Sen. Whitehouse Introduces Legislation Focused on Improving Care for Medicare Patients with Advanced Illnesses
July 1, 2016 11:00 AM
On June 23, 2016, Senator Sheldon Whitehouse (D-RI) introduced legislation that would improve care for Medicare beneficiaries with advanced illnesses. Sen. Whitehouse announced the legislation at a hearing of the Special Committee on Aging, chaired by Sen. Susan Collins (R-ME). The Removing Barriers to Person-Centered Care Act (S. 3096) is relevant to both home health and hospice, and it contains priority provisions strongly supported by the National Association for Home Care & Hospice (NAHC). The legislation would set up a pilot program for which the Centers for Medicare & Medicaid Services (CMS) would waive a number of current regulations: for example, eliminating the homebound requirement for Medicare patients to receive home health care services; allowing non-physician practitioners to certify patients for home health and hospice services and sign plans of care; and allowing Medicare patients to receive hospice care and curative treatment at the same time.
Sen. Whitehouse said the legislation would promote better coordination between health care providers and place greater emphasis on the preferences of Medicare beneficiaries with advanced illnesses. “Too many Rhode Island Medicare patients battling difficult illnesses are struggling to get the right care at the right time,” said Sen. Whitehouse. “We need to break down the barriers between patients and the care they need. Because so many of the rules and incentives in our health care system are tied to the payment structure, we should design payment systems that support new models of coordinated care that are focused on human beings and not some rule or regulation.”
Approximately 90 million Americans are living with advanced illness. Projections estimate that number is expected to more than double in the next 25 years.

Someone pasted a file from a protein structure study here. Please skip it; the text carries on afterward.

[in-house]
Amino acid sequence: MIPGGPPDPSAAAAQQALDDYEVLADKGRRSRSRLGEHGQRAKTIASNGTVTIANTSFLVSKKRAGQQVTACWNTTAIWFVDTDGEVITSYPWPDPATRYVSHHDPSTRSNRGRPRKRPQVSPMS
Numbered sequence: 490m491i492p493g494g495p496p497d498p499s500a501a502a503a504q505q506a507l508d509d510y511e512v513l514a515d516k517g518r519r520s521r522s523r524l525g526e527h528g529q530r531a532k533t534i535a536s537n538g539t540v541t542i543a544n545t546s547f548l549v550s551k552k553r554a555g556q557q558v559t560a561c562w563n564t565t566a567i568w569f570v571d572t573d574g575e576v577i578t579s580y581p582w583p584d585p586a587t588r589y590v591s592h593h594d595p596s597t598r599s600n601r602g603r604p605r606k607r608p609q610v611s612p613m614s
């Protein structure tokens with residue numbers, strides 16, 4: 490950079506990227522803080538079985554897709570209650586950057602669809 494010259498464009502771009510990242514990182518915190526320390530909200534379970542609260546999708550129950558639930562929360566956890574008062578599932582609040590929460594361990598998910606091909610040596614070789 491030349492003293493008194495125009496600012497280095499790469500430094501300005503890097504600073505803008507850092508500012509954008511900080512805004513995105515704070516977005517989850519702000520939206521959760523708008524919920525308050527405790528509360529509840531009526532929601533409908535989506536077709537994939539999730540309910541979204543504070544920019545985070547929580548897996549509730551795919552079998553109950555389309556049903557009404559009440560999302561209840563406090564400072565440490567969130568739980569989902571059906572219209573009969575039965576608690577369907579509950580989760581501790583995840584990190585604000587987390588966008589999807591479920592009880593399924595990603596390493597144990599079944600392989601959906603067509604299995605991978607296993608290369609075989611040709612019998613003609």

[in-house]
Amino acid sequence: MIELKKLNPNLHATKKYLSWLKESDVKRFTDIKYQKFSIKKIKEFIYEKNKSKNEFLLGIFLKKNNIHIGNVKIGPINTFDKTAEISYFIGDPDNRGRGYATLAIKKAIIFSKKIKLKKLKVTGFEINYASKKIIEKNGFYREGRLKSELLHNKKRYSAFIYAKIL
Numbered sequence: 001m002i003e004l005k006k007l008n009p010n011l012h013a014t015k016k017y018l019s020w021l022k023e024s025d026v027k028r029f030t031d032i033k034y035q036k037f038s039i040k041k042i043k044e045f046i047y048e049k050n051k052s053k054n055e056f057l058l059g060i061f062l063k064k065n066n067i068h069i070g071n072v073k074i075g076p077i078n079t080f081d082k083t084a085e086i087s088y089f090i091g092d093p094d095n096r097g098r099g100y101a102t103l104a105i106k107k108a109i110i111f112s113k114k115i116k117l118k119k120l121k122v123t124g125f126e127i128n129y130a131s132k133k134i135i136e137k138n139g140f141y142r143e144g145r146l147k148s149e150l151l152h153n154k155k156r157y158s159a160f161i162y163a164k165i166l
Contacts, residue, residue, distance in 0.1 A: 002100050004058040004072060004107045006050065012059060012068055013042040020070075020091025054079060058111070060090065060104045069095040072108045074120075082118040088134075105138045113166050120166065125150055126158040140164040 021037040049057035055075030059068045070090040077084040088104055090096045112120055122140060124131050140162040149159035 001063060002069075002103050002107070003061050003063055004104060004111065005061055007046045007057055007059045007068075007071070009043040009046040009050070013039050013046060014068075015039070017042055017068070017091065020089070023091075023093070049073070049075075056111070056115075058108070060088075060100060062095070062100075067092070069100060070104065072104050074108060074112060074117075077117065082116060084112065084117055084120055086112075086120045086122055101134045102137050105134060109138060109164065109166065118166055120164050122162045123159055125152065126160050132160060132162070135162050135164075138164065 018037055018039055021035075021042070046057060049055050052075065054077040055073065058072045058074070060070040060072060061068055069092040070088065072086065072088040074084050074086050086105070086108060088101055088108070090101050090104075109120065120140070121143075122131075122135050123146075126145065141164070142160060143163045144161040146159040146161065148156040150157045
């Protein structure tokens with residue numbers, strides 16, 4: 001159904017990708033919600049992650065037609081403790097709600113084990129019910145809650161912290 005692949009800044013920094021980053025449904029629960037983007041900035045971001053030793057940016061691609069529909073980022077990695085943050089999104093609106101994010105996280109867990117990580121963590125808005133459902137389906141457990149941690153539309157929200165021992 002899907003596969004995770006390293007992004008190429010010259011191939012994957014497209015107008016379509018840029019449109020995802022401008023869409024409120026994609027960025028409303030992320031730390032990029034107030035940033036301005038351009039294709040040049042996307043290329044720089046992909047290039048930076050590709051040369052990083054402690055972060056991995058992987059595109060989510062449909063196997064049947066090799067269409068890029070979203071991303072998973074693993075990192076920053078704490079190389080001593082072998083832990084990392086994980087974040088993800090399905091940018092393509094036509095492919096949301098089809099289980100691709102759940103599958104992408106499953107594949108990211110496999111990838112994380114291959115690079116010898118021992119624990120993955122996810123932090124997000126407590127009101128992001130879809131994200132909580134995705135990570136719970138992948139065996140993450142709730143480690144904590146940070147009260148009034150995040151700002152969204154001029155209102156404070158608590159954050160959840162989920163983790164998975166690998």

Following is a summary of the legislation released by Sen. Whitehouse’s office:
The CMS-administered pilot program would be made up of 20 “advanced care collaboratives” of affiliated health care providers and community-based social service organizations. Collaboratives would receive a planning grant to assess the needs of the population of patients it would serve; to purchase or upgrade health information technology to facilitate better coordination of care between providers; and to support education and training on documenting and communicating beneficiary treatment preferences and goals.
Once planning is complete, collaboratives would enter a three-year payment agreement with Medicare to provide coordinated, high-quality care for their target patient population. Under the terms of the pilot program, CMS would waive regulations to promote innovative care for patients with advanced illness. Waivers would be granted to:
Allow Medicare patients to receive hospice care and curative treatment at the same time. CMS’s current regulations force patients to choose one or the other for their terminal illness.
Allow patients to receive Medicare coverage in a skilled nursing home without a consecutive three-day inpatient hospital stay. Under current Medicare rules, patients are often charged for skilled nursing care after they leave an inpatient hospital stay because they were hospitalized for observation rather than admitted to the hospital.
Allow Medicare patients to receive home health services without the requirement that they be homebound. Under current rules, a patient’s condition must have progressed such that there “exists a normal inability to leave home,” denying these services to those who are seriously ill but still mobile.
Allow nurse practitioners to sign home health and hospice care plans and certify patients for services. Right now, only doctors can do so, even though nurse practitioners are often the ones overseeing the patient’s health care. This forms another barrier for patients seeking these services, especially in underserved and rural areas.
The bill would also create two new coverage options under Medicare’s hospice benefit, which is available for terminally-ill Medicare beneficiaries with a life prognosis of six months. Those options would:
Allow Medicare coverage of room and board at inpatient facilities for individuals who elect and are certified for routine hospice care, but whose home environment is not safe for home-based hospice care. Currently, Medicare does not pay for room and board at nursing facilities for individuals who elect routine-level hospice care. Dying patients whose home environment is not conducive to home-based care often opt to receive rehabilitative services to retain Medicare coverage of facility-based care, leading to patients receiving unnecessary and possibly harmful rehab.
Allow Medicare coverage for short-term, home-based respite care as an alternative to inpatient respite care for individuals who elect and are certified for routine hospice care. Providing patients and their caregivers the option to stay in their home for the receipt of respite care would alleviate the stress of transporting a dying patient to and from an inpatient facility.
Additional information about the legislation is available here. View Sen. Whitehouse’s remarks at the hearing of the Senate Aging Committee here.